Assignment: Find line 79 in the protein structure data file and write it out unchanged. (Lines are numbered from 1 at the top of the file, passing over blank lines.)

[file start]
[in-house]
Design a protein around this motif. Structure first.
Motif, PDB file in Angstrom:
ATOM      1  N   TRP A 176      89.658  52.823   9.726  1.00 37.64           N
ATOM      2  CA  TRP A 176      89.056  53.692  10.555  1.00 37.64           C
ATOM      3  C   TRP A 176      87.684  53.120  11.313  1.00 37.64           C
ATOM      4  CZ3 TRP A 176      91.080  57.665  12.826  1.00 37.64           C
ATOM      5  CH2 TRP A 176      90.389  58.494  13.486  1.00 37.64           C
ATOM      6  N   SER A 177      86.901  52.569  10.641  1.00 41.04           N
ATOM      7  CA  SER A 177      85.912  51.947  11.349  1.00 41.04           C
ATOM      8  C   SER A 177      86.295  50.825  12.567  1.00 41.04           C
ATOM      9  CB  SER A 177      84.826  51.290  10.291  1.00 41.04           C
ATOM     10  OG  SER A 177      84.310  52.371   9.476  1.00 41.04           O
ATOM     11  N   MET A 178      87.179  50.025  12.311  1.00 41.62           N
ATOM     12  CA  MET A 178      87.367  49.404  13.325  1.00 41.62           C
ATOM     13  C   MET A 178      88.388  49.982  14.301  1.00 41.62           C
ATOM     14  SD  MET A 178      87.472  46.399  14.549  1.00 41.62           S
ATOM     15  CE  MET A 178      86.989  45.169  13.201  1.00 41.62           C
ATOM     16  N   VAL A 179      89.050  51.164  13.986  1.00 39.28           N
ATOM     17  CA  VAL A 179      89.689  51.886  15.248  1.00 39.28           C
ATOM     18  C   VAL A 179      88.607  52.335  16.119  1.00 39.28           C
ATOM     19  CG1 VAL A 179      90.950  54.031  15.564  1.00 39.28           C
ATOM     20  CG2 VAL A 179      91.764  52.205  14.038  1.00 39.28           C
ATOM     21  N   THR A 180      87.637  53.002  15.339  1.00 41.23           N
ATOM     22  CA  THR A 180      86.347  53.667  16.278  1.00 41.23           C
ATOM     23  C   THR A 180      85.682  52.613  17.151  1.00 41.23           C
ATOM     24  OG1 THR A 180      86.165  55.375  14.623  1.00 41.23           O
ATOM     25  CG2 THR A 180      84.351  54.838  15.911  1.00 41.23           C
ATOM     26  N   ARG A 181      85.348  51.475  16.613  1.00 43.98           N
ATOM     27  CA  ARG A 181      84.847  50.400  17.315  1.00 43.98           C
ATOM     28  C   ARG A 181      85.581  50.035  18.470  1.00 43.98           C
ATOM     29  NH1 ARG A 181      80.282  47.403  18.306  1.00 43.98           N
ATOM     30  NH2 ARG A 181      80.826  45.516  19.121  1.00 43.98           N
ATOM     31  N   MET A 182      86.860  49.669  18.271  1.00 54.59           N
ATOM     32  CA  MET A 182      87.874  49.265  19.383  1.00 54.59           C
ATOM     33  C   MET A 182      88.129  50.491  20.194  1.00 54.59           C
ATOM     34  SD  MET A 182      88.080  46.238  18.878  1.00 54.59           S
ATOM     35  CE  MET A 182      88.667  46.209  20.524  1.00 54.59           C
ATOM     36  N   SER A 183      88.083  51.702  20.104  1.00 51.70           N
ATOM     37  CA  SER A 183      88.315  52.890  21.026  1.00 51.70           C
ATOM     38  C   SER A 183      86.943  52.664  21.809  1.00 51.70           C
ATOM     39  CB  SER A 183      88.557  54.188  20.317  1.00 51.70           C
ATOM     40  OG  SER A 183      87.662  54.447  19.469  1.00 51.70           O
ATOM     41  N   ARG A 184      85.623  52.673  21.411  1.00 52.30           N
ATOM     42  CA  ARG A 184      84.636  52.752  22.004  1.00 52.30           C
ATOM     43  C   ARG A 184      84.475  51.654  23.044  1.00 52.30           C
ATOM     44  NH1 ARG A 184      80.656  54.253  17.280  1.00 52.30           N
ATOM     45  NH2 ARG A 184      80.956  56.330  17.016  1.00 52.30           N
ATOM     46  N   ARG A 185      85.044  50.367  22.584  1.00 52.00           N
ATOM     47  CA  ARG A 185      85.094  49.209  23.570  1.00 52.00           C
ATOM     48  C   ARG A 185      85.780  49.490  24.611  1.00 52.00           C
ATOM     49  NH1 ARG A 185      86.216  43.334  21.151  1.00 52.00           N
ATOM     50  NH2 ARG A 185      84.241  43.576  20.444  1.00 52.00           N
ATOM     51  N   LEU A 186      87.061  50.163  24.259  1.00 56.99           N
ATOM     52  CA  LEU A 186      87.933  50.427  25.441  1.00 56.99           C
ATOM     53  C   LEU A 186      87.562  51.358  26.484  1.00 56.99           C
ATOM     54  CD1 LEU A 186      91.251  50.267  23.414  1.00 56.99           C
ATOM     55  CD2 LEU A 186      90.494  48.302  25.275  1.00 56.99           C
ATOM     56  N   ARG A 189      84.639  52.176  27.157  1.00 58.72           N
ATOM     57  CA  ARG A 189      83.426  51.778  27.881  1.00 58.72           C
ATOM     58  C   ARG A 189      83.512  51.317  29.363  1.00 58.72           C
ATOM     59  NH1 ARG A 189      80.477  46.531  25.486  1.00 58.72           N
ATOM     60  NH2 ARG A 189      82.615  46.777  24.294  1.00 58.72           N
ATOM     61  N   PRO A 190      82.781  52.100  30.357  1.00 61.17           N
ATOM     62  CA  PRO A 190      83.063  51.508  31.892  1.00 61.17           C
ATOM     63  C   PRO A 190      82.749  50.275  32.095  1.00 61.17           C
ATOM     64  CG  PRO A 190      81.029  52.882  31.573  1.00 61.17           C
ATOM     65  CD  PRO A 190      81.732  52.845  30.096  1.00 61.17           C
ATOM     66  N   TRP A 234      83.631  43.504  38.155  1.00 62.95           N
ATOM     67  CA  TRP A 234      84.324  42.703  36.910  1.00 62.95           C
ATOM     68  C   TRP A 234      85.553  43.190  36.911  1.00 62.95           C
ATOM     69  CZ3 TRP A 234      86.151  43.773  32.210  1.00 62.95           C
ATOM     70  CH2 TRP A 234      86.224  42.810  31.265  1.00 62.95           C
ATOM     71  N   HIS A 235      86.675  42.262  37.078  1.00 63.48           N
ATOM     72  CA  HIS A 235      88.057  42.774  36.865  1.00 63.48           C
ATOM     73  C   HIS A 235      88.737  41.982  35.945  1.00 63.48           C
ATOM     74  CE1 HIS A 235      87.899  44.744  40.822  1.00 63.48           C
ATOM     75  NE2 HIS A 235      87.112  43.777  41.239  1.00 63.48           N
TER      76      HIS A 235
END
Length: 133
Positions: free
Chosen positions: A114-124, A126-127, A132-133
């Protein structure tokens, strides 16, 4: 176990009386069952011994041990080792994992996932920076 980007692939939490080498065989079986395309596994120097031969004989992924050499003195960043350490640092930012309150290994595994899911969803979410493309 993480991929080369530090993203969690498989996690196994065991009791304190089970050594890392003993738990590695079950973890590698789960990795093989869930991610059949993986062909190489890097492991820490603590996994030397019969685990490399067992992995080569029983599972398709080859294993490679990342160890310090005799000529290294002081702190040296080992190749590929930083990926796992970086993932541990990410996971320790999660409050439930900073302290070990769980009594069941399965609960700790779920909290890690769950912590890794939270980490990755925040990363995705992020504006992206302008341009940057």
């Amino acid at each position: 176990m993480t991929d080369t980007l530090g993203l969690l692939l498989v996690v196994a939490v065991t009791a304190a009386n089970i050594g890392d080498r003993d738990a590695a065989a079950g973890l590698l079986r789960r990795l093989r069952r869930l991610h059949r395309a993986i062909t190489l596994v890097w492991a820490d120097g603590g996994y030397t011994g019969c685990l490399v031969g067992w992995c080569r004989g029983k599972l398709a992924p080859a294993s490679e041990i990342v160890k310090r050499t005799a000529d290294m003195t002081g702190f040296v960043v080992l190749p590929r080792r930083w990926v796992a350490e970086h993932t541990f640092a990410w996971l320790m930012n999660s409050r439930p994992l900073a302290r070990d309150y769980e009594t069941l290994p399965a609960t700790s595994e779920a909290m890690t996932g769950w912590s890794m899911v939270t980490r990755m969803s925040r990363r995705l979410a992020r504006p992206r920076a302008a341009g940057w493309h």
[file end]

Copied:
TER      76      HIS A 235